Team SA arises from the unique goals and SA requirements of all team members needed to achieve overall team performance

FIGURE 1.1 Team SA arises from the unique goals and SA requirements of all team members needed to achieve overall team performance.

Source: From Endsley & Jones, 1997, 2001. Reprinted with permission from a model of inter- and intrateam situation awareness: Implications for design, training and measurement, in New trends in cooperative activities: Understanding system dynamics in complex environments, 2001. Copyright 2001 by the Human Factors and Ergonomics Society. All rights reserved.

Shared SA (SSA)

Although the specific aspects of the situation that are relevant to each team member’s SA may be different (in that they are determined by the unique goals of each role), because teams inherently involve some interdependence of their members, there also will exist a subset of information requirements that are common amongst the team members, as shown in Figure 1.2. It is this overlap in SA requirements that defines the need for shared SA (SSA). SSA is defined as “the degree to which team members possess the same SA on shared SA requirements” (Endsley & Jones, 1997, 2001). A consistent mental representation of the status of these overlapping requirements is essential for effective team coordination and performance, and drives much of the need for information sharing across teams. On these common SA requirements, two members may possess SA that is (1) shared and correct, (2) shared, but incorrect, (3) not shared, with one member correct and the other incorrect, or (4) not shared with both incorrect (Endsley & Jones, 1997, 2001).

As shown in Figure 1.2, not all the SA of the team members needs to be shared— just the SA associated with common SA requirements. So for example, the air traffic controller and the pilot do not need to share everything about their current situations, which will just create overload (Endsley & Jones, 1997, 2001). They do however, need to be on the same page with respect to the aircraft’s current location, speed and altitude, clearance, the location of other aircraft that are traffic for it, its proximity to nearby terrain or restricted airspace, and the presence of turbulence or weather on its projected flight path that may create a problem for it (Endsley, Hansman, & Farley, 1998). In some cases the air traffic controller may have the more accurate information to share (such as in the case of other aircraft) and in some cases the pilot may have the more accurate information (such as is the case with weather information) (Farley, Hansman, Amonlirdviman, & Endsley, 2000).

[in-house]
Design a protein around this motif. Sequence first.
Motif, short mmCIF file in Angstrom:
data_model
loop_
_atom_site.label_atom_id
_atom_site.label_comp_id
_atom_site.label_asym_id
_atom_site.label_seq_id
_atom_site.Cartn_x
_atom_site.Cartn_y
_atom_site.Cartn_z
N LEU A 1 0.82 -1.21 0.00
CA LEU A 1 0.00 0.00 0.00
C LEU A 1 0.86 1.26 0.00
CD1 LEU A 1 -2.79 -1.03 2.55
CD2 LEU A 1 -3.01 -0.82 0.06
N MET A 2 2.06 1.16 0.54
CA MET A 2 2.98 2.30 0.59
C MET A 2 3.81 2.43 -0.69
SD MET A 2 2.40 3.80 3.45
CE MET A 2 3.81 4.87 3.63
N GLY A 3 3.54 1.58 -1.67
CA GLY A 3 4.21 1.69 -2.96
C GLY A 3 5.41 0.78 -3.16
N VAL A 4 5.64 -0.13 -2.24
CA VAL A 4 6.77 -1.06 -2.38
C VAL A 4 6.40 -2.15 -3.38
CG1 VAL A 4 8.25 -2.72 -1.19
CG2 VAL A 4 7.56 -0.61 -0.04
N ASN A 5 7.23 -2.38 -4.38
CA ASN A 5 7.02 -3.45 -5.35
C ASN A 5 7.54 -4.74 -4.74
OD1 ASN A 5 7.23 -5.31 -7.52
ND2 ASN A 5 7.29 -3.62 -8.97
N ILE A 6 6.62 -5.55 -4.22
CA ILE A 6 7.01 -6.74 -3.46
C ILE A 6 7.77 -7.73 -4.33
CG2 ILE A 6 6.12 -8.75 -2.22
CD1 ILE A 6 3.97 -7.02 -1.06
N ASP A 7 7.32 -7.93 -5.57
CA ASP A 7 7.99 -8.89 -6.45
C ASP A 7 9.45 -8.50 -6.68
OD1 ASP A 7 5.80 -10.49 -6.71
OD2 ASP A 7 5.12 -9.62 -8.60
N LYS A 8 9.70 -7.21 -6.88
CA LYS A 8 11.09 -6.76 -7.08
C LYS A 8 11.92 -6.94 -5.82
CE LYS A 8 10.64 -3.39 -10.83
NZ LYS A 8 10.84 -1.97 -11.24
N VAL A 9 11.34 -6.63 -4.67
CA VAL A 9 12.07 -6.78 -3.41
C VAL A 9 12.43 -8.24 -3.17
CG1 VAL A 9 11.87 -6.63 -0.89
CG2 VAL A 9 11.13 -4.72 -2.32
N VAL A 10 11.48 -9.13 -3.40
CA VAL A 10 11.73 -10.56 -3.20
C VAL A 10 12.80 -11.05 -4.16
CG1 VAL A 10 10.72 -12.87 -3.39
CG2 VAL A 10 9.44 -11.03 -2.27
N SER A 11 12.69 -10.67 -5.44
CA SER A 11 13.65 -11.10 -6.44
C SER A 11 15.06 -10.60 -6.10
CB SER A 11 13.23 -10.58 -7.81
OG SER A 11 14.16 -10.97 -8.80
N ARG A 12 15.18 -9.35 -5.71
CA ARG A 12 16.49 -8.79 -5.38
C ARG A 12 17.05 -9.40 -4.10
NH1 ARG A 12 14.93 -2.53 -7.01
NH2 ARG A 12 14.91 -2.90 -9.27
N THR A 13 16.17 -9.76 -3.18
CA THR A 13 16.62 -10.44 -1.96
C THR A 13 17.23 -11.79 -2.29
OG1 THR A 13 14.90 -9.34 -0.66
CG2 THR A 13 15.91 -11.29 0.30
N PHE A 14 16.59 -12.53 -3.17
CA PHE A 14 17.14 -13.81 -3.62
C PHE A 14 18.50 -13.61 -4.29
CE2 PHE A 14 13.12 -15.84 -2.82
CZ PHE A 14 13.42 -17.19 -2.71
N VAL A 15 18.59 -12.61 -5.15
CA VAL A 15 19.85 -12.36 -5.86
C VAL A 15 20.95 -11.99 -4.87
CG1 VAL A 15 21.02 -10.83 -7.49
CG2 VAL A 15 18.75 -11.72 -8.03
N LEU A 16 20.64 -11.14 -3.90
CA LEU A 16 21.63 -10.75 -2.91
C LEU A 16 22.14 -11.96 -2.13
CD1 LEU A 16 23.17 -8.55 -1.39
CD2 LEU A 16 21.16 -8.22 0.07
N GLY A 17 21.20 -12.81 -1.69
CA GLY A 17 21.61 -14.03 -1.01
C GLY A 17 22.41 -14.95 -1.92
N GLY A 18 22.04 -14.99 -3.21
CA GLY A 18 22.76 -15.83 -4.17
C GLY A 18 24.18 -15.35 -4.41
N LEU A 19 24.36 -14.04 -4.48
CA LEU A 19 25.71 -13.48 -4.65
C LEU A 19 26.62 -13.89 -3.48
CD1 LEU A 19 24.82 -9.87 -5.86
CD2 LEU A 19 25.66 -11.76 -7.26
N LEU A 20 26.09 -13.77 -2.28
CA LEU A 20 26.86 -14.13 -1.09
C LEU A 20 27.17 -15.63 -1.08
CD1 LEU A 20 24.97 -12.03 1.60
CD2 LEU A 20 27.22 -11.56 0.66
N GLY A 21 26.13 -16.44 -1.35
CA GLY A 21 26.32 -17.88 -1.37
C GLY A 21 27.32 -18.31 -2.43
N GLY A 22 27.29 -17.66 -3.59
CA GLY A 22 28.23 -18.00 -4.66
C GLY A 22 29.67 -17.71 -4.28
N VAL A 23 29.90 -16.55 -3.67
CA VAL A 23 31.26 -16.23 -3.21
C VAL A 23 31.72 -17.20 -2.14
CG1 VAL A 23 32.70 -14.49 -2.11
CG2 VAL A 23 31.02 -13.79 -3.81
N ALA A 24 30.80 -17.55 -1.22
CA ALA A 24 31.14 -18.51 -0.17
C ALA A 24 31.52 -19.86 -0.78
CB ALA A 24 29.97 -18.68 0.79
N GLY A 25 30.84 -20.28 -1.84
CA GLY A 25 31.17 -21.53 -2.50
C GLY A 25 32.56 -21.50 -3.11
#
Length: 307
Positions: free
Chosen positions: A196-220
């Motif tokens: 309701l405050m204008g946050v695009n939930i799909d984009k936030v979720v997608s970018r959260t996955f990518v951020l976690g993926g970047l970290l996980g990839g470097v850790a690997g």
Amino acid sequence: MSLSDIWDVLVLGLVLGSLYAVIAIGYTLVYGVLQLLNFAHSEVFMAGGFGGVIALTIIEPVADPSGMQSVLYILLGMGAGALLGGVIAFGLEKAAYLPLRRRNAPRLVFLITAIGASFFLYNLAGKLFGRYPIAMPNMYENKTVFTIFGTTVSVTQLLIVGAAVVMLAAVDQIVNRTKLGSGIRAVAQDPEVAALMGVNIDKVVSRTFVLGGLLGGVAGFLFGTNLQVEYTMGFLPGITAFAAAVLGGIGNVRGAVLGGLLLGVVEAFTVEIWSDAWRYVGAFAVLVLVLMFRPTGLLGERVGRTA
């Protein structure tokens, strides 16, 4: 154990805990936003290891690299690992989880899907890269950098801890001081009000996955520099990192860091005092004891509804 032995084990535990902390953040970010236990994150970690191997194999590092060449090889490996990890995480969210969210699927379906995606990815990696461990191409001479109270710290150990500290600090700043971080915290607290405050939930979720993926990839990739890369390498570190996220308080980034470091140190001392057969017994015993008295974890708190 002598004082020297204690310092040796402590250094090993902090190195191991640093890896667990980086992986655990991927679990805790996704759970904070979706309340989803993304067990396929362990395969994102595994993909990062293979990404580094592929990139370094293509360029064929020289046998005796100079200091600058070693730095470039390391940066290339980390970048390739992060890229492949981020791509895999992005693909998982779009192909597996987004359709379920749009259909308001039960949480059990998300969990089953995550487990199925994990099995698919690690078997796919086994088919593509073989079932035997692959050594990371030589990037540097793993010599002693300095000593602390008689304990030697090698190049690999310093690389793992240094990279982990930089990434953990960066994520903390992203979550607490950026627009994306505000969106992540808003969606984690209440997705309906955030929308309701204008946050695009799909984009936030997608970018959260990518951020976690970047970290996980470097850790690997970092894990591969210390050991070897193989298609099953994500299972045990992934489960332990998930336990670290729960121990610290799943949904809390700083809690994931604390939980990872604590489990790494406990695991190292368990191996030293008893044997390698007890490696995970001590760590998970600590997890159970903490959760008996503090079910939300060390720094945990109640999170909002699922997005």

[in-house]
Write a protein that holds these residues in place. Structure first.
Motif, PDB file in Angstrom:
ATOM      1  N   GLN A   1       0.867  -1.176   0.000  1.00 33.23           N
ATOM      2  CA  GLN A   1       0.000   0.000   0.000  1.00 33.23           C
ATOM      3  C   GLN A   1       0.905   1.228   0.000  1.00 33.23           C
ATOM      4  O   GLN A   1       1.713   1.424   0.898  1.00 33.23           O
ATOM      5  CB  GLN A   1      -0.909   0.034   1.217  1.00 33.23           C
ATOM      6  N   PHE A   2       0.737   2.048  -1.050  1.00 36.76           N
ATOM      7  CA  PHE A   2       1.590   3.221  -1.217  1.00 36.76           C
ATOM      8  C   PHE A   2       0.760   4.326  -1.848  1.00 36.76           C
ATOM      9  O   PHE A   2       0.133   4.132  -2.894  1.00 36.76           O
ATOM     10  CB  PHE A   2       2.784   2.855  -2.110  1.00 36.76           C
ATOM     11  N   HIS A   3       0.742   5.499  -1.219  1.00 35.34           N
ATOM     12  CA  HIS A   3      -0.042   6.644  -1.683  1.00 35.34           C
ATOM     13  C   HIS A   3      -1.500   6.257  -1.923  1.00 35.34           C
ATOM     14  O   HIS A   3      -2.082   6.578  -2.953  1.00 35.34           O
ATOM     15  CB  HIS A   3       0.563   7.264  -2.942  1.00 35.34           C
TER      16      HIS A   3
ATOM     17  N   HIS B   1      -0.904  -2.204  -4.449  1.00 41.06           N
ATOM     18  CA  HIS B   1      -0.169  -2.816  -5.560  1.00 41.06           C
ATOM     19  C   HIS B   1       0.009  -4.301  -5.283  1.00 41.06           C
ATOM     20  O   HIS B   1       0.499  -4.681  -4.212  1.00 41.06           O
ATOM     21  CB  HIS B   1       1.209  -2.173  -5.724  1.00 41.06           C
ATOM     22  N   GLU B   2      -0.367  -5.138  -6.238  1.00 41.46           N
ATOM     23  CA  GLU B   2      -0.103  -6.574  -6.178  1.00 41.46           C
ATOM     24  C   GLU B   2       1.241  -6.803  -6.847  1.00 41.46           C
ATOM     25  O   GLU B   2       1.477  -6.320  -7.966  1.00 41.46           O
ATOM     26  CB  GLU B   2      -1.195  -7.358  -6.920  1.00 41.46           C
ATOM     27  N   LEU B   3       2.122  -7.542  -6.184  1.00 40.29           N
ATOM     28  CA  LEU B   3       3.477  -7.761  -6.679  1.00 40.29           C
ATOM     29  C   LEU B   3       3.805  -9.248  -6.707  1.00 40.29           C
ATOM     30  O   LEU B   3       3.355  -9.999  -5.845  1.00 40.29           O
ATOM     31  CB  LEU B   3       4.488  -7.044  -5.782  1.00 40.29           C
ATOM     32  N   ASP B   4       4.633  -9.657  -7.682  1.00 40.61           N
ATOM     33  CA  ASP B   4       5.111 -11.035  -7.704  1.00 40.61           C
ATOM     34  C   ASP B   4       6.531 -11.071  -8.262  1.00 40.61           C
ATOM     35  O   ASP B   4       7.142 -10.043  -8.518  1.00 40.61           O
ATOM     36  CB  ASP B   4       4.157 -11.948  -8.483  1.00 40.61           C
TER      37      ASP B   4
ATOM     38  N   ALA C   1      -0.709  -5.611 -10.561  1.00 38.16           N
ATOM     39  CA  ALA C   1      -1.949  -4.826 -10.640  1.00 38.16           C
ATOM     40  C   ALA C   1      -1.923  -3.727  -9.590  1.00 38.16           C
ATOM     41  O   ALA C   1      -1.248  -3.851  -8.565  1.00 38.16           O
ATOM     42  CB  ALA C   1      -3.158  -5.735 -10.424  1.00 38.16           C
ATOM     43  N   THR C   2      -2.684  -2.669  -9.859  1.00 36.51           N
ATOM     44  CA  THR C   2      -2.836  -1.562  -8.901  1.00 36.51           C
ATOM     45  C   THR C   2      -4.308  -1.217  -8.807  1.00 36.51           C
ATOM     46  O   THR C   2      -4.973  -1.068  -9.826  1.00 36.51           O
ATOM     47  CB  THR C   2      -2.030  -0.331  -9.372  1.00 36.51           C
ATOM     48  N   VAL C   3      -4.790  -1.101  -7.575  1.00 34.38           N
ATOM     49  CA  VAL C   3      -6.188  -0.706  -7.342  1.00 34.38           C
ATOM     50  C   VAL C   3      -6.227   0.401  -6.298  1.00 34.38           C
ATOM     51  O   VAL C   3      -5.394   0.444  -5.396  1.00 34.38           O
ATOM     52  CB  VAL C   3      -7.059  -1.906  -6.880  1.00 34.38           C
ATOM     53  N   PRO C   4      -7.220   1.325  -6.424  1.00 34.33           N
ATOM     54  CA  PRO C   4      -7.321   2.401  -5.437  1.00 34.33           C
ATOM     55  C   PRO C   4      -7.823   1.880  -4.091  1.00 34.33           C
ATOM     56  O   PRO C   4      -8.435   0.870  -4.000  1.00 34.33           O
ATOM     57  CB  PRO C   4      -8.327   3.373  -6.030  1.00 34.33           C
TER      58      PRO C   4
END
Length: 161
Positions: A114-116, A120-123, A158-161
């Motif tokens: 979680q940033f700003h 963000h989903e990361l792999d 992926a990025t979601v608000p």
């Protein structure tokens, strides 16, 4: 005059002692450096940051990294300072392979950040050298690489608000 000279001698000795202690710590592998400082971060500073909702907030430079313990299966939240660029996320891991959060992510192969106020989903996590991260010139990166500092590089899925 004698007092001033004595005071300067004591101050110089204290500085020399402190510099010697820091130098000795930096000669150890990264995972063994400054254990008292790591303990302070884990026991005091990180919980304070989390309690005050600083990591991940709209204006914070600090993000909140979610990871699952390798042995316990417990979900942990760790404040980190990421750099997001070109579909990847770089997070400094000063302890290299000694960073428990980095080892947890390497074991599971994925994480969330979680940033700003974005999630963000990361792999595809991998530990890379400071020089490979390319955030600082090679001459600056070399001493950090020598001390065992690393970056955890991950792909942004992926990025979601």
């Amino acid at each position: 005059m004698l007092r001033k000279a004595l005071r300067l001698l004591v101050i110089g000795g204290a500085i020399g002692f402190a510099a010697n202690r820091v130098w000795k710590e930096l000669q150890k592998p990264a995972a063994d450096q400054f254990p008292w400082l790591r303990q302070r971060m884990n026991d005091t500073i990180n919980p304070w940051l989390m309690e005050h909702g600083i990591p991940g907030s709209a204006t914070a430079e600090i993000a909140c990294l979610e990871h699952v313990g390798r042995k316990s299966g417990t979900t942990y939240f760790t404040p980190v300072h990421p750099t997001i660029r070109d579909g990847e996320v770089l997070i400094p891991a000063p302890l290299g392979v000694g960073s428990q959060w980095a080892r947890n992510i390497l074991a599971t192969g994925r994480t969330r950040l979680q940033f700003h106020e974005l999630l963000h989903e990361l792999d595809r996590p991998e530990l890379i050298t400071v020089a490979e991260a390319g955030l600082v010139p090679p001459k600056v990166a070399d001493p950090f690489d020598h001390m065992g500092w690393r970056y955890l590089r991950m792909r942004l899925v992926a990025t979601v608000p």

The need for shared SA is a function of the overlap in individual goals

FIGURE 1.2 The need for shared SA is a function of the overlap in individual goals.

Source-. From Endsley & Jones, 1997, 2001. Reprinted with permission from A model of inter- and intrateam situation awareness: Implications for design, training and measurement, in New trends in cooperative activities: Understanding system dynamics in complex environments, 2001. Copyright 2001 by the Human Factors and Ergonomics Society. All rights reserved.

Relevance of TSA and SSA

SSA has been shown to be predictive of team performance in a number of studies (Bonney, Davis-Sramek, & Cadotte, 2016; Cooke, Kiekel, & Helm, 2001; Coolen, Draaisma, & Loeffen, 2019; Rosenman et al., 2018). In Bonney et ah’s (2016) study of business markets, team performance was predicted by both SSA on the team (all three levels of SA contributing over 34% of the variance) and by having a shared team strategy. Similarly, in the medical domain, Rosenman et al. (2018) demonstrated that SSA was predictive of performance, and Coolen et al. (2019) showed that SSA on both the problem and the diagnosis were highly predictive of good team performance. Cooke et al. (2001) found that both TSA and SSA of level 1 and level 3 queries was highly predictive of team performance in a study involving the operation of unmanned air vehicles (UAVs).